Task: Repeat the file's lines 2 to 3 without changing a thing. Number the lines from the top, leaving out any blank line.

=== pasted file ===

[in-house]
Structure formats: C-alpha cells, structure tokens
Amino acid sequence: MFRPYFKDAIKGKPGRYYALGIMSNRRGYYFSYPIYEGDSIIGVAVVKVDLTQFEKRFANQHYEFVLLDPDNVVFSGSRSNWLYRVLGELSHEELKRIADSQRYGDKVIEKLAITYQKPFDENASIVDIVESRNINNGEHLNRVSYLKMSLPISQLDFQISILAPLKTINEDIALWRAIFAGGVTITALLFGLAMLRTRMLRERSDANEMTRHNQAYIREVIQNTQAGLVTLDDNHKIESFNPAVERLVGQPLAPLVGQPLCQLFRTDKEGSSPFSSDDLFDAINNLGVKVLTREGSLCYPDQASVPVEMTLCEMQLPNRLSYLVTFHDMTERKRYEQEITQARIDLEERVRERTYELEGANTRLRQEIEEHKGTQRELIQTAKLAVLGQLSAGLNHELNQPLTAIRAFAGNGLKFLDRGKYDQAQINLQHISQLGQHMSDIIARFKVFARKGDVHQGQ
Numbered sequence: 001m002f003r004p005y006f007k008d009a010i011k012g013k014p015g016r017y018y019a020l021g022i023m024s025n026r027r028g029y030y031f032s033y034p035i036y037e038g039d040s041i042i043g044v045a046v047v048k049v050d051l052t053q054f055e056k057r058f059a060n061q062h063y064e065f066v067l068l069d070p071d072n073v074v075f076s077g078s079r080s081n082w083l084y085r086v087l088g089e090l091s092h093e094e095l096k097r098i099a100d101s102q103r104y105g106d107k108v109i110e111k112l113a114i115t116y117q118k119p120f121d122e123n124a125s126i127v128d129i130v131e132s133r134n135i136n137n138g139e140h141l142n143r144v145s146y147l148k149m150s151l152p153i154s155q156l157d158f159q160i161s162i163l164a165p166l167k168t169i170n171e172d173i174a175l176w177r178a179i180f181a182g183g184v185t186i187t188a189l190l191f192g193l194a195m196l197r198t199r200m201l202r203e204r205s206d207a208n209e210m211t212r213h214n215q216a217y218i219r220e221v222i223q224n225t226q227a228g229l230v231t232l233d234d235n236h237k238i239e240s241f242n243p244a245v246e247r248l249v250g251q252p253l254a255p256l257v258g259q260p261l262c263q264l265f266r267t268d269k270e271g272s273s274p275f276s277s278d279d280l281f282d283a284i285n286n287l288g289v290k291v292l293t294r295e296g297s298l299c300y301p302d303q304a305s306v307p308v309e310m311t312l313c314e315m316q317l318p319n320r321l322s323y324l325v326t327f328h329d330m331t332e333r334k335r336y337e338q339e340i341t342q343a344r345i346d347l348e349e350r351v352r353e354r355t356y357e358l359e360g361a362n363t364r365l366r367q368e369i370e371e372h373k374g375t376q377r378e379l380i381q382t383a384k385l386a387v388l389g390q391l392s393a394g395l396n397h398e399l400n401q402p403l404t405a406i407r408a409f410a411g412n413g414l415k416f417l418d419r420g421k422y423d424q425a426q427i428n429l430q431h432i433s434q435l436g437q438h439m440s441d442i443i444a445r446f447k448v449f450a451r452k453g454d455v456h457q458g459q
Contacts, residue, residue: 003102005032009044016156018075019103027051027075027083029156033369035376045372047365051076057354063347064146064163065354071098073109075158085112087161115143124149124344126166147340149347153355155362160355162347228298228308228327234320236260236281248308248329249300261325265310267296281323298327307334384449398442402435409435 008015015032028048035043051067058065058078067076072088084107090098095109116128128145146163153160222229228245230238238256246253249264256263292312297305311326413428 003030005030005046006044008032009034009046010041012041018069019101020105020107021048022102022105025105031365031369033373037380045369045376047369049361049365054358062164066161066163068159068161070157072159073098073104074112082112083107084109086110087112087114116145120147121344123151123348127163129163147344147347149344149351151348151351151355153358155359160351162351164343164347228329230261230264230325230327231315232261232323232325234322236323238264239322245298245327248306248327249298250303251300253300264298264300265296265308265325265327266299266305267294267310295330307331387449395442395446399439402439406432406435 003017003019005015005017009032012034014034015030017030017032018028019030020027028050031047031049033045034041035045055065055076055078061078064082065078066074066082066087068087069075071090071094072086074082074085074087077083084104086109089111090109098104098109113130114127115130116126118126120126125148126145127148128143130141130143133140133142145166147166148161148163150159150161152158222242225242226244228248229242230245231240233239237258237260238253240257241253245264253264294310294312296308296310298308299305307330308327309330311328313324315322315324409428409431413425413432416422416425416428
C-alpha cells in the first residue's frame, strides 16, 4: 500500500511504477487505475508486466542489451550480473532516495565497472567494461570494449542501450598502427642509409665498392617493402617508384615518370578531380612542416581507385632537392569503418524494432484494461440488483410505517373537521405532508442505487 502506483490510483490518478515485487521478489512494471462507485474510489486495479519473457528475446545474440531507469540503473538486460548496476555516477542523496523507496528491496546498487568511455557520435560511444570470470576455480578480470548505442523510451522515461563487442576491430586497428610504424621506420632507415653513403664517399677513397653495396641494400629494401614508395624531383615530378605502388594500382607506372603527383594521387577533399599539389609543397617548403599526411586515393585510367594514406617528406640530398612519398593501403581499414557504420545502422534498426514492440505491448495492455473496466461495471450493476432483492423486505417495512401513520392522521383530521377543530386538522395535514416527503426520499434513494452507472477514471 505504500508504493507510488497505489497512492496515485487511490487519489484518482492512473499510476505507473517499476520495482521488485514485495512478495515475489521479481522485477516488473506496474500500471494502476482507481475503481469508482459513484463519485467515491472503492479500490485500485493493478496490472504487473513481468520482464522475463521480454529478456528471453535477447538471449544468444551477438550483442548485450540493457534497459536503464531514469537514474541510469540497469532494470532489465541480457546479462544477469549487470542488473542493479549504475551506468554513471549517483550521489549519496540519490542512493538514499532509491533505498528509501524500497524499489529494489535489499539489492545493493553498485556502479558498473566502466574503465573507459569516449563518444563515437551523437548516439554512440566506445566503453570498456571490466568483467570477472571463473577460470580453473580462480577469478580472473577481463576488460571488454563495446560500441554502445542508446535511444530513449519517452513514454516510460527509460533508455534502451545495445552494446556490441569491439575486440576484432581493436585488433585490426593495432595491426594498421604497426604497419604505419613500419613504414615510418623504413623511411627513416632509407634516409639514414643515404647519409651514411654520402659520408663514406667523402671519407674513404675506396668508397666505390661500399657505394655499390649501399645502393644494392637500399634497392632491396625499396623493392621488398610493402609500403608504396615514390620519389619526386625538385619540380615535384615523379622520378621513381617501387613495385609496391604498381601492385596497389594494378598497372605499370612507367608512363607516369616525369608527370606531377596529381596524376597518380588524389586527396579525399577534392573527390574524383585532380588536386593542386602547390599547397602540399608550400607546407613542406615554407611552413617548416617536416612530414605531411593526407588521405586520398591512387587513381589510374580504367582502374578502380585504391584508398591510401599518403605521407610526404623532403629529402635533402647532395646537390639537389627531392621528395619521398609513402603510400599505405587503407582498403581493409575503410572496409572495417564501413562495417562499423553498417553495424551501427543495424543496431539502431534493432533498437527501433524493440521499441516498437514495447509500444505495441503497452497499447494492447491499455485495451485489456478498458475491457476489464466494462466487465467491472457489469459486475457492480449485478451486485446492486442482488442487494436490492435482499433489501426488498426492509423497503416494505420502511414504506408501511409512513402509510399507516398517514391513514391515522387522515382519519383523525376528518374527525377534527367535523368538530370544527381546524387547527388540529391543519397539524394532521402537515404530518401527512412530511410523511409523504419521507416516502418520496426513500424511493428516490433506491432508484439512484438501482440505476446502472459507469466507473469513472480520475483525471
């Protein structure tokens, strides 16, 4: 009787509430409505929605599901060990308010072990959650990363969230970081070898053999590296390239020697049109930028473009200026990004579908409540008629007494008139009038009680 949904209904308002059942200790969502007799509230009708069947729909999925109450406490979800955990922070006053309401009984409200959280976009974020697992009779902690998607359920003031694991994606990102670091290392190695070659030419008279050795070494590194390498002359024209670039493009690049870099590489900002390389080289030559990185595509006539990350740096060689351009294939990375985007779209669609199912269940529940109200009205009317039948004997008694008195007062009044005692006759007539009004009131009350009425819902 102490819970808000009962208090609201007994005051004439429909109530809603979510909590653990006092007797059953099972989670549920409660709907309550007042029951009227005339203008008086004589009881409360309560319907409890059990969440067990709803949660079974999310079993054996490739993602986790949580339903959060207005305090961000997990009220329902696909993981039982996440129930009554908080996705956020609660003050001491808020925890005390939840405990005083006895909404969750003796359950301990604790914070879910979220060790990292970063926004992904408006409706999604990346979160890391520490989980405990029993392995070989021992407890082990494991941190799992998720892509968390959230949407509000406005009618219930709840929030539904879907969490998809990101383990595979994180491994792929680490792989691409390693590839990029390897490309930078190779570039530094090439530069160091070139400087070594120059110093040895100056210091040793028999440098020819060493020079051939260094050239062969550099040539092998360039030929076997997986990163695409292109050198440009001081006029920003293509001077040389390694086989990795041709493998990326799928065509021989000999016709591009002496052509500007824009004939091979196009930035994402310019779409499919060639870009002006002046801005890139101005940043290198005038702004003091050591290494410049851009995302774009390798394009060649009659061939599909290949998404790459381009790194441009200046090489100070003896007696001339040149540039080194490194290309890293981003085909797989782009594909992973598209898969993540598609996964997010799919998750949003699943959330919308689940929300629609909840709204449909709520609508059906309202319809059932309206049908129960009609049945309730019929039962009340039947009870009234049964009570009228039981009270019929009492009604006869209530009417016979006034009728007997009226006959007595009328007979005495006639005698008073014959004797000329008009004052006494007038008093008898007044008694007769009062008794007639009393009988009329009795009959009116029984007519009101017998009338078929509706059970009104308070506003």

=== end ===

Structure formats: C-alpha cells, structure tokens
Amino acid sequence: MFRPYFKDAIKGKPGRYYALGIMSNRRGYYFSYPIYEGDSIIGVAVVKVDLTQFEKRFANQHYEFVLLDPDNVVFSGSRSNWLYRVLGELSHEELKRIADSQRYGDKVIEKLAITYQKPFDENASIVDIVESRNINNGEHLNRVSYLKMSLPISQLDFQISILAPLKTINEDIALWRAIFAGGVTITALLFGLAMLRTRMLRERSDANEMTRHNQAYIREVIQNTQAGLVTLDDNHKIESFNPAVERLVGQPLAPLVGQPLCQLFRTDKEGSSPFSSDDLFDAINNLGVKVLTREGSLCYPDQASVPVEMTLCEMQLPNRLSYLVTFHDMTERKRYEQEITQARIDLEERVRERTYELEGANTRLRQEIEEHKGTQRELIQTAKLAVLGQLSAGLNHELNQPLTAIRAFAGNGLKFLDRGKYDQAQINLQHISQLGQHMSDIIARFKVFARKGDVHQGQ